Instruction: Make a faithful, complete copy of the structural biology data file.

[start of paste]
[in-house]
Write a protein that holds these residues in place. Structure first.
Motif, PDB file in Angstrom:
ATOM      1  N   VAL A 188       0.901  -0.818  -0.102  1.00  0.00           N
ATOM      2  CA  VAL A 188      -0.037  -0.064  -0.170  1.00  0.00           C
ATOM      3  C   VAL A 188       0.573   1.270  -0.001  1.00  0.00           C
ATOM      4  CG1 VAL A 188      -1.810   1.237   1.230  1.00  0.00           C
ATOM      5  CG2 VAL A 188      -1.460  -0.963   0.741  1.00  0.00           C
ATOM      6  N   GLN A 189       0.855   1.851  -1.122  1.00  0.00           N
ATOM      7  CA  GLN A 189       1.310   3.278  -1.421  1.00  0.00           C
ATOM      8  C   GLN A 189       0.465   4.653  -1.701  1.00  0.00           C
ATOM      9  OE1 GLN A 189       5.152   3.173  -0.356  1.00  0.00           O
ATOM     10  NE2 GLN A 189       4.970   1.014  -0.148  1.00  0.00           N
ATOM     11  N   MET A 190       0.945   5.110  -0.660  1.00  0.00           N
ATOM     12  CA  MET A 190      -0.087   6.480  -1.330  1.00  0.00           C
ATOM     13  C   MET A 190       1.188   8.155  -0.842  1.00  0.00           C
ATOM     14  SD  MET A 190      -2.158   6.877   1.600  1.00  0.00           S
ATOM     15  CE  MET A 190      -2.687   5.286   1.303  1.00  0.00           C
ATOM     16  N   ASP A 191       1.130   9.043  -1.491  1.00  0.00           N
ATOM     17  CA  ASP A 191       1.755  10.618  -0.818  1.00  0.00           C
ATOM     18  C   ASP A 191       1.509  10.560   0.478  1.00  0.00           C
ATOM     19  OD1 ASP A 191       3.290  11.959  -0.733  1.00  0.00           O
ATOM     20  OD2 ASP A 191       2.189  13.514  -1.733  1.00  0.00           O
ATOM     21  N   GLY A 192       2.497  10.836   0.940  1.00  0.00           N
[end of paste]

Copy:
[in-house]
Write a protein that holds these residues in place. Structure first.
Motif, PDB file in Angstrom:
ATOM      1  N   VAL A 188       0.901  -0.818  -0.102  1.00  0.00           N
ATOM      2  CA  VAL A 188      -0.037  -0.064  -0.170  1.00  0.00           C
ATOM      3  C   VAL A 188       0.573   1.270  -0.001  1.00  0.00           C
ATOM      4  CG1 VAL A 188      -1.810   1.237   1.230  1.00  0.00           C
ATOM      5  CG2 VAL A 188      -1.460  -0.963   0.741  1.00  0.00           C
ATOM      6  N   GLN A 189       0.855   1.851  -1.122  1.00  0.00           N
ATOM      7  CA  GLN A 189       1.310   3.278  -1.421  1.00  0.00           C
ATOM      8  C   GLN A 189       0.465   4.653  -1.701  1.00  0.00           C
ATOM      9  OE1 GLN A 189       5.152   3.173  -0.356  1.00  0.00           O
ATOM     10  NE2 GLN A 189       4.970   1.014  -0.148  1.00  0.00           N
ATOM     11  N   MET A 190       0.945   5.110  -0.660  1.00  0.00           N
ATOM     12  CA  MET A 190      -0.087   6.480  -1.330  1.00  0.00           C
ATOM     13  C   MET A 190       1.188   8.155  -0.842  1.00  0.00           C
ATOM     14  SD  MET A 190      -2.158   6.877   1.600  1.00  0.00           S
ATOM     15  CE  MET A 190      -2.687   5.286   1.303  1.00  0.00           C
ATOM     16  N   ASP A 191       1.130   9.043  -1.491  1.00  0.00           N
ATOM     17  CA  ASP A 191       1.755  10.618  -0.818  1.00  0.00           C
ATOM     18  C   ASP A 191       1.509  10.560   0.478  1.00  0.00           C
ATOM     19  OD1 ASP A 191       3.290  11.959  -0.733  1.00  0.00           O
ATOM     20  OD2 ASP A 191       2.189  13.514  -1.733  1.00  0.00           O
ATOM     21  N   GLY A 192       2.497  10.836   0.940  1.00  0.00           N